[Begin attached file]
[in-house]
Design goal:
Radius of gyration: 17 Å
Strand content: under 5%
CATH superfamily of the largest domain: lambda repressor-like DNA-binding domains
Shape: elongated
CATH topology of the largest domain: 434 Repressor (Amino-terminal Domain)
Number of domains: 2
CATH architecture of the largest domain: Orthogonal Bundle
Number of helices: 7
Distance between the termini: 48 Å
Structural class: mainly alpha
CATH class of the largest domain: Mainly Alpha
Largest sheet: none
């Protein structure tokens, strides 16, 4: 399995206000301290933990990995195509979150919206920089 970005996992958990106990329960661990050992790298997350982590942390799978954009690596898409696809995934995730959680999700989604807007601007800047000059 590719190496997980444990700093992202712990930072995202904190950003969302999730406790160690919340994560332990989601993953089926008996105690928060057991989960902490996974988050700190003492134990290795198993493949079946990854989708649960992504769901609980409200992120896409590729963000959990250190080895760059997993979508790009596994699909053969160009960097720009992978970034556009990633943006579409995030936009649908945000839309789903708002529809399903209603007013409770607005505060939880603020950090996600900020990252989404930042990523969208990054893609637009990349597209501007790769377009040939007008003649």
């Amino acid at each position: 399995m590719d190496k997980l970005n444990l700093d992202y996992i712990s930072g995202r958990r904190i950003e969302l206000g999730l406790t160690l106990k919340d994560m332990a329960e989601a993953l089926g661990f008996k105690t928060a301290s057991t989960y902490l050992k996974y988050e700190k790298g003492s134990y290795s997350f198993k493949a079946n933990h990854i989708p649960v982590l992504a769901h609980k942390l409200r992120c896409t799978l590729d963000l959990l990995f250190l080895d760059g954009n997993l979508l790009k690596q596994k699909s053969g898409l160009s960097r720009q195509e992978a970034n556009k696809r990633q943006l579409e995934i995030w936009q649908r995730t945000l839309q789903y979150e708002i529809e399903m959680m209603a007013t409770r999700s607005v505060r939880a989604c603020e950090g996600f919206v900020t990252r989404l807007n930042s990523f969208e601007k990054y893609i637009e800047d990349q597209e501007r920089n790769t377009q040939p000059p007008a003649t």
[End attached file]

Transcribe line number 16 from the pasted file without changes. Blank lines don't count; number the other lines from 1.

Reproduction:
């Amino acid at each position: 399995m590719d190496k997980l970005n444990l700093d992202y996992i712990s930072g995202r958990r904190i950003e969302l206000g999730l406790t160690l106990k919340d994560m332990a329960e989601a993953l089926g661990f008996k105690t928060a301290s057991t989960y902490l050992k996974y988050e700190k790298g003492s134990y290795s997350f198993k493949a079946n933990h990854i989708p649960v982590l992504a769901h609980k942390l409200r992120c896409t799978l590729d963000l959990l990995f250190l080895d760059g954009n997993l979508l790009k690596q596994k699909s053969g898409l160009s960097r720009q195509e992978a970034n556009k696809r990633q943006l579409e995934i995030w936009q649908r995730t945000l839309q789903y979150e708002i529809e399903m959680m209603a007013t409770r999700s607005v505060r939880a989604c603020e950090g996600f919206v900020t990252r989404l807007n930042s990523f969208e601007k990054y893609i637009e800047d990349q597209e501007r920089n790769t377009q040939p000059p007008a003649t």